When I wrote about George Lucas last year, I called up J.J. Abrams. There wasn’t a hint that Abrams was going to be directing the next Star Wars movie, as The Wrap reported yesterday. There wasn’t even that much of known relationship between Abrams and Lucas. In the movie world, Lucas doesn’t do hands-on, Spielbergian mentorships. But, as Abrams explained, he’d recently sat at Lucas’s knee, like Luke with Yoda, and had learned from the master.
Well, the wait is over: The Wrap (followed by pretty much everyone else in the entertainment press) has just reported that J.J. Abrams will be your Star Wars Episode VII director. After a volley of intriguing (David Fincher?), eyebrow-raising (Ben Affleck!?), and straight-up geek-bait (Brad Bird?!?!) names took their turns dancing around the Internet rumor Tilt-a-Whirl, the ride has come to a complete stop and we've arrived just about where we started.
You thought you had been adequately enticed by the prospect of J.J. Abrams's Star Trek sequel by its first trailer? You thought wrong! Above: the teaser trailer for Star Trek Into Darkness, which provides seconds upon seconds of footage we had not yet seen. The bwaaaangs from Inception are still with us, as is the general air of calamity and doom. But we also get a nice little tour of the Enterprise, somberly folded flags over coffins, an extremely tricky Baumgartner-esque space jump, hellfire, and Captain Pike delivering a heavy voice-over lashing out, vis-à-vis Kirk's humanity-threatening hubris. By the way, if you're here for the heavy nerding, you should know there's still no definitive answer as to which villain Benedict Cumberbatch is playing. As EW's highly helpful deep dive into the question explains, it could be the monolith of Star Trek bad dudes — Khan! It could also be a lesser-known figure from the original series, one with "God-like abilities" — Gary Mitchell! It could also be a proto-electro pop hero — Gary Numan! (It could not be Gary Numan.) Anyway, here it is. Bwaaaang!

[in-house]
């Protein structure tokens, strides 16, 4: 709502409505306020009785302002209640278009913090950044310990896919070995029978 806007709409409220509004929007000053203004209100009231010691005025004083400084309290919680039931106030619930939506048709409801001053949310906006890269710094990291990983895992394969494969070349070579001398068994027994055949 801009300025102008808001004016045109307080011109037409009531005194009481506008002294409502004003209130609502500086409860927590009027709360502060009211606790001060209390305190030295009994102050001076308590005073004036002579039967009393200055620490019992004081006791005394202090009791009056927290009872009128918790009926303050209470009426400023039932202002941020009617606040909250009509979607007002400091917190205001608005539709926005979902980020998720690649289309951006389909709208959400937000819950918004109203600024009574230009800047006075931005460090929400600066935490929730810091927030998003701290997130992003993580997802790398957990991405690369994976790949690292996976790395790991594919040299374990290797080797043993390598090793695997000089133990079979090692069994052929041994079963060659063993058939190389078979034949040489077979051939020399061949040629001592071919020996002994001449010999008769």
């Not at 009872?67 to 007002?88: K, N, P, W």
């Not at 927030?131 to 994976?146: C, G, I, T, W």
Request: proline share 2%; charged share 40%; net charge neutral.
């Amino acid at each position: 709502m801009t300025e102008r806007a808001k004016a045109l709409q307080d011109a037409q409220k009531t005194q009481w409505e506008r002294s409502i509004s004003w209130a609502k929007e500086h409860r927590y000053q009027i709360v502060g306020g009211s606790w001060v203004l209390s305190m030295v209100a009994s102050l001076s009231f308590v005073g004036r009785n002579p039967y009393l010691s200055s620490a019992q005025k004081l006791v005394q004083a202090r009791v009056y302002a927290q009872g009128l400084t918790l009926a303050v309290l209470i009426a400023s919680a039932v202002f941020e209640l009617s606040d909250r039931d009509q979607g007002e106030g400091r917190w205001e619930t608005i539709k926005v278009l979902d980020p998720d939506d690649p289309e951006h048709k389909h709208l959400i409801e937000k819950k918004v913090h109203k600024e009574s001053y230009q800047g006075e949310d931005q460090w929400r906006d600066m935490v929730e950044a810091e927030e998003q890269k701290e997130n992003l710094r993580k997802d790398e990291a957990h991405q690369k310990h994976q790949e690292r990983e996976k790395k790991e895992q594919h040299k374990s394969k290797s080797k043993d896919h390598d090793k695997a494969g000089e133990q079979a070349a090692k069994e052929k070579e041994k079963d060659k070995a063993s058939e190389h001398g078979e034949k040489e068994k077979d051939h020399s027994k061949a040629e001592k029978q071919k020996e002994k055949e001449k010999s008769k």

Yeah, Inception bwaaaangs could make just about anything seem hella dramatic, but the trailer for Star Trek Into Darkness — J.J. Abrams's follow-up to his 2009 smash-hit big-screen reboot of the franchise — provides some pyrotechnics even with the sound off. A villainous Benedict Cumberbatch provides the voice-over and all the plot explanation we need: He was wronged, he's here for vengeance, let's get it popping. And then it's all a giant blur of guns and fire and face-kicks and shrieks and a cliff jump possibly nabbed from leftover Lost footage and dudes running through windows, and then, bwaaaaang, a spaceship crashing to Earth. By the way, the name of the villain that Benedict Cumberbatch is playing hasn't yet been revealed. If they're still sussing that out, I think one good option would be "Benedict Cumberbatch."
Shia LaBeouf has joined an untitled indie project from new production house Lava Bear Films. Wait, ready for this? The movie revolves around a troubled girl who encounters a 20-foot-tall next-door neighbor, played by LaBeouf. Just that plot description has already entertained us more than Transformers, Transformers 2, and large swaths of Transformers 3. Grade: B+ [Showblitz]